The Times of Israel liveblogged Thursday’s developments as they unfolded.
The European Union’s foreign policy chief says Israeli annexation of West Bank land would “inevitably have significant consequences for the close relationship we currently enjoy with Israel.”
Josep Borrell says such a step “would negatively affect regional stability, our relations with Israel and between Israel and Arab states, and potentially the security of Israel.”
Though he states that he will not “prejudge the specific impact,” he stresses that “the European Union has its own obligations and responsibilities under international and European Union law.”
He admits that there is a lack of “unanimity” among European nations on what would be the appropriate response, but adds there is a “strong majority” against any unilateral action that will harm the prospects of a two-state solution.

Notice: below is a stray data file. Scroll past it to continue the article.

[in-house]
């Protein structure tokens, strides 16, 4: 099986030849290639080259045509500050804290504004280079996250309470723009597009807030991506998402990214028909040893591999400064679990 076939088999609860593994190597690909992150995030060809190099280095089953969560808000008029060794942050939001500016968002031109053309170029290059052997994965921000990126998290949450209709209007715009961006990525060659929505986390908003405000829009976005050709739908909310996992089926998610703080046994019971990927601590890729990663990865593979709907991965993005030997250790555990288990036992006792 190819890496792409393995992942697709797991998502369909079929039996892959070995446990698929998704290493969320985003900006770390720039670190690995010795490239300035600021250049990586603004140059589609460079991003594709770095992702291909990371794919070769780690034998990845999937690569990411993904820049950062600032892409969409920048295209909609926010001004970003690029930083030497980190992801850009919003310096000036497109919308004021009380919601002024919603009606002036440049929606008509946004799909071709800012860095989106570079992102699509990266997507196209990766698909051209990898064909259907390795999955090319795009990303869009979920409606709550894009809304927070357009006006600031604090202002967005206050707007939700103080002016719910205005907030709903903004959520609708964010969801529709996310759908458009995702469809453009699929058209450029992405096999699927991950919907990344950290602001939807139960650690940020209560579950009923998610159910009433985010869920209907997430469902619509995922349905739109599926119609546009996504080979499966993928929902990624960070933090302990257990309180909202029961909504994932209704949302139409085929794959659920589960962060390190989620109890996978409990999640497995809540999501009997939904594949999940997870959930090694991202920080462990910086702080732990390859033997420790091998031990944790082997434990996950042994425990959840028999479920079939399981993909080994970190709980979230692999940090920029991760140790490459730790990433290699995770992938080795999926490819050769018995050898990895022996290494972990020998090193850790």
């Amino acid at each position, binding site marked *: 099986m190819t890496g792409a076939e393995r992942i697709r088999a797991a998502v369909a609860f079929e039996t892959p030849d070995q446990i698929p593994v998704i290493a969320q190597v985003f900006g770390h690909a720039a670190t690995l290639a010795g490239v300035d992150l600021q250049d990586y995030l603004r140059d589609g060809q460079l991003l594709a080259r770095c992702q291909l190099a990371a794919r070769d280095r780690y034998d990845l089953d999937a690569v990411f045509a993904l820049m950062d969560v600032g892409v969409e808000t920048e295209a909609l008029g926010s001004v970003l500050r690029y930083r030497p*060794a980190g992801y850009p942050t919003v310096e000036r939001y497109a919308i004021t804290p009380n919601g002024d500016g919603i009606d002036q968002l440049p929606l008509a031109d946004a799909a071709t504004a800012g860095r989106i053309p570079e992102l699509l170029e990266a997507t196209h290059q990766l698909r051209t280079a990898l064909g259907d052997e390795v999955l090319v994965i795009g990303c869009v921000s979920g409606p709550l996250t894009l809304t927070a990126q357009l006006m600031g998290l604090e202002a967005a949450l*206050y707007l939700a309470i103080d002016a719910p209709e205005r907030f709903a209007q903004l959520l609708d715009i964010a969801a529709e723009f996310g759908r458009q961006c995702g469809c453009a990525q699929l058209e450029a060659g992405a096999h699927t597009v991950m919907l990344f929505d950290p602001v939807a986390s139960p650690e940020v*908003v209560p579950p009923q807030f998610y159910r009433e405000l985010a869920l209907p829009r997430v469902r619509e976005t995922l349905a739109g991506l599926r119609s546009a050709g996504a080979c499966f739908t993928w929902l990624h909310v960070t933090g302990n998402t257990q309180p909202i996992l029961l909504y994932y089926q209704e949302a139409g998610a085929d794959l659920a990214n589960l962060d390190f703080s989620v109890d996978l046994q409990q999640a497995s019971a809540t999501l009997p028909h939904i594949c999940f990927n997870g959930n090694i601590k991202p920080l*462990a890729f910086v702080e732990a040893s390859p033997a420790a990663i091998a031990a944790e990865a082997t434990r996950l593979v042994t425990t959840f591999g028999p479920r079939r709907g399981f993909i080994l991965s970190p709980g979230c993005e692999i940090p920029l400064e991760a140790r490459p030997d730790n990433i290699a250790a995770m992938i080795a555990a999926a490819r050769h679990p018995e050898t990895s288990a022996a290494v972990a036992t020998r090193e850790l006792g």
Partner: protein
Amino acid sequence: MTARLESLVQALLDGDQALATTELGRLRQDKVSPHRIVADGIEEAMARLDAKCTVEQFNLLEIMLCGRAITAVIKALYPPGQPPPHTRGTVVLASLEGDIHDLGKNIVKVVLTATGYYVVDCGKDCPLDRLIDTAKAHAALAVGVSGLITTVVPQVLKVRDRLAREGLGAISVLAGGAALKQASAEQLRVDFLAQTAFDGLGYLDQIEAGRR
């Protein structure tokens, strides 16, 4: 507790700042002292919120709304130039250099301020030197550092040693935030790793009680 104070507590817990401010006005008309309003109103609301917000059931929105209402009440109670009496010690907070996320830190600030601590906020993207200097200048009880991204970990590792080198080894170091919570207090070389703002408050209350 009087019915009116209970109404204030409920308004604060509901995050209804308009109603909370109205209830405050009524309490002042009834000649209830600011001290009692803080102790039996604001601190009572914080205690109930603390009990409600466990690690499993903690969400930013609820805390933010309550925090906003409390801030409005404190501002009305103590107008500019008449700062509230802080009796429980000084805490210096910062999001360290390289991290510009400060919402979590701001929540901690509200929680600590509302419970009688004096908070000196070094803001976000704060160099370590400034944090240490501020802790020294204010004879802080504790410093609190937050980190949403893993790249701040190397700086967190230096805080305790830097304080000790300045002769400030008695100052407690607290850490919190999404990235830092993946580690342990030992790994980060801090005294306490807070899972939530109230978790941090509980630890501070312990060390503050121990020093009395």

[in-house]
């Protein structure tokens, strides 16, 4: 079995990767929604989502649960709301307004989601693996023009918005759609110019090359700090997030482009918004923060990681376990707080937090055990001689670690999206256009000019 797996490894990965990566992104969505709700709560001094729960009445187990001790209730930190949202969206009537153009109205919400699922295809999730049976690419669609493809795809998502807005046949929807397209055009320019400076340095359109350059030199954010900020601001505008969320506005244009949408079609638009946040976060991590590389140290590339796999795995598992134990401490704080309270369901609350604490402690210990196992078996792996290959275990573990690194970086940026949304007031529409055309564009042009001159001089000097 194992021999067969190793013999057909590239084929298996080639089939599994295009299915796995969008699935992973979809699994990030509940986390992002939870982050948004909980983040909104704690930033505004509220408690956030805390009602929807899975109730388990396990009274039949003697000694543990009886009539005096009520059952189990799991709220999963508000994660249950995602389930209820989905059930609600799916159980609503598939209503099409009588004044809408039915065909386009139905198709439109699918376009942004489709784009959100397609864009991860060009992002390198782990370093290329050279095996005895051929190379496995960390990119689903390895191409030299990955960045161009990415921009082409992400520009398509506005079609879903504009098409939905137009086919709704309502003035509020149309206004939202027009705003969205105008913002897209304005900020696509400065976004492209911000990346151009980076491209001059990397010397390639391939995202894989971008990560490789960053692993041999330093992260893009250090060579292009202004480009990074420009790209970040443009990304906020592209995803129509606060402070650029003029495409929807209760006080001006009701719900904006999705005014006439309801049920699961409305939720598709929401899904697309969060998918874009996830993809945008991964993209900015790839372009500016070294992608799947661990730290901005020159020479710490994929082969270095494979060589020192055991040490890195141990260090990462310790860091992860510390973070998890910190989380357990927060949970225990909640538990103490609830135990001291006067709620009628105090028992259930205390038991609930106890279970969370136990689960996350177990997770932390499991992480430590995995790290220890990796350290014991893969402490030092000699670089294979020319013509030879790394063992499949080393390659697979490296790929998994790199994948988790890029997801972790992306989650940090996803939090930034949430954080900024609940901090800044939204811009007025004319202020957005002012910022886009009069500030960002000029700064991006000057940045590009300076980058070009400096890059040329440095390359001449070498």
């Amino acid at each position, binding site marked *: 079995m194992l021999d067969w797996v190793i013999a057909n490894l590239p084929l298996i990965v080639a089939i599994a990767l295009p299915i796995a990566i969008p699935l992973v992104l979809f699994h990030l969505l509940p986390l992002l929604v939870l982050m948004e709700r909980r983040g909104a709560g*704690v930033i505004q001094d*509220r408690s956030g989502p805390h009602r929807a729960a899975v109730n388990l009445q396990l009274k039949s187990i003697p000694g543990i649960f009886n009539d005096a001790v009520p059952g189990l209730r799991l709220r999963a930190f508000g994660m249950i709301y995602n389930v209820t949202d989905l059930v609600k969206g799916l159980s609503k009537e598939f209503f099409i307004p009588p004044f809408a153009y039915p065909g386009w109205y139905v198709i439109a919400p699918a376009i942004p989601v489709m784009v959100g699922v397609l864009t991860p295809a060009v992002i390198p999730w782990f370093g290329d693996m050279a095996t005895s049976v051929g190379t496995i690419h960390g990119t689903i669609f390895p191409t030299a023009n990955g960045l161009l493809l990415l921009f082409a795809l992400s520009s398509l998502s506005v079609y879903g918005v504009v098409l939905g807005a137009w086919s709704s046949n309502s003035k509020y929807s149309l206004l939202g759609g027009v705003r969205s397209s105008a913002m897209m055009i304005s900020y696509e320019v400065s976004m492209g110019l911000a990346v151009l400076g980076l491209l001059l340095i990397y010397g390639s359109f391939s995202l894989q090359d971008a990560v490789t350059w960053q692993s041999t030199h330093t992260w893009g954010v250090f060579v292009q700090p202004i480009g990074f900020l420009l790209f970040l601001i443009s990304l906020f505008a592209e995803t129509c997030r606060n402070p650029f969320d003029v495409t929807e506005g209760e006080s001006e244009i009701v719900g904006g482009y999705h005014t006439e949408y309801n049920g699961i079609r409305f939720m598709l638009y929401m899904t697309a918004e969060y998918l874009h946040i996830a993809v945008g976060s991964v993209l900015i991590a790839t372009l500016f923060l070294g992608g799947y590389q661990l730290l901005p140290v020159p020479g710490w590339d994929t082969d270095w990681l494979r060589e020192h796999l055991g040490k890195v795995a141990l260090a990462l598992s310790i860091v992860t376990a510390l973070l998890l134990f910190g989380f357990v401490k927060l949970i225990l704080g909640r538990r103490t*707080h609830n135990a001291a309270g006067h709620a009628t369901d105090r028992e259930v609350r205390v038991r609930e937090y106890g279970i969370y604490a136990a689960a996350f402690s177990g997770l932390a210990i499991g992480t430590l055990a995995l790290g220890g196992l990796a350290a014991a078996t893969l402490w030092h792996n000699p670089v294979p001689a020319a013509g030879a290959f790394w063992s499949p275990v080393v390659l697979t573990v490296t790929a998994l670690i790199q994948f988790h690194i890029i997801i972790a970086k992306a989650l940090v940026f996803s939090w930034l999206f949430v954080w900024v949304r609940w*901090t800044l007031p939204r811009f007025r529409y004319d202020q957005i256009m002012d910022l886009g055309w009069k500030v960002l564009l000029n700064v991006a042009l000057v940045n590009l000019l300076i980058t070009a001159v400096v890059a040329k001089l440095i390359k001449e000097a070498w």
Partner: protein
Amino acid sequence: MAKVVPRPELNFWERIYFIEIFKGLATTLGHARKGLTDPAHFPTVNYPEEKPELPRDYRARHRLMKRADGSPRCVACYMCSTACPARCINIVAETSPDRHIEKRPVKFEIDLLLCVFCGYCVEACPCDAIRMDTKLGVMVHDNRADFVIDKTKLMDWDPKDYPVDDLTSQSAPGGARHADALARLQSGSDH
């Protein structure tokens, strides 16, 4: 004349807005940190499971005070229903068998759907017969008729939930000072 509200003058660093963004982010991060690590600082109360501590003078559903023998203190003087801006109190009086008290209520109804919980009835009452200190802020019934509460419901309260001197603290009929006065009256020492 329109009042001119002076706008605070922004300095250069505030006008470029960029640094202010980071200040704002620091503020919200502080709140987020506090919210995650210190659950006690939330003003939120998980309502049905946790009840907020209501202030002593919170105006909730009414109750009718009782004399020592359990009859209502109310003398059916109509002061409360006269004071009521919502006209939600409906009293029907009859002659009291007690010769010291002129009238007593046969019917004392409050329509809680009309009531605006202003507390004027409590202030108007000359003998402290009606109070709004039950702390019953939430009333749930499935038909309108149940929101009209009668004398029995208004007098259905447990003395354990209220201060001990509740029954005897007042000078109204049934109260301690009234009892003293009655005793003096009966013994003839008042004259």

Borrell says he has relayed EU concerns in talks with Foreign Minister Gabi Ashkenazi and Defense Minister Benny Gantz as well as with US Secretary of State Mike Pompeo.
Jordanian FM Ayman Safadi is in Ramallah today on a surprise visit to coordinate the fight against Israel’s plans to annex parts of the West Bank.
A Palestinian source tells Haaretz that Safadi is updating Palestinian Authority leadership on King Abdullah’s conversations on the subject with Arab leaders
The source says PA leaders believe the pressure on Israel and the US by the international community is starting to bear fruit.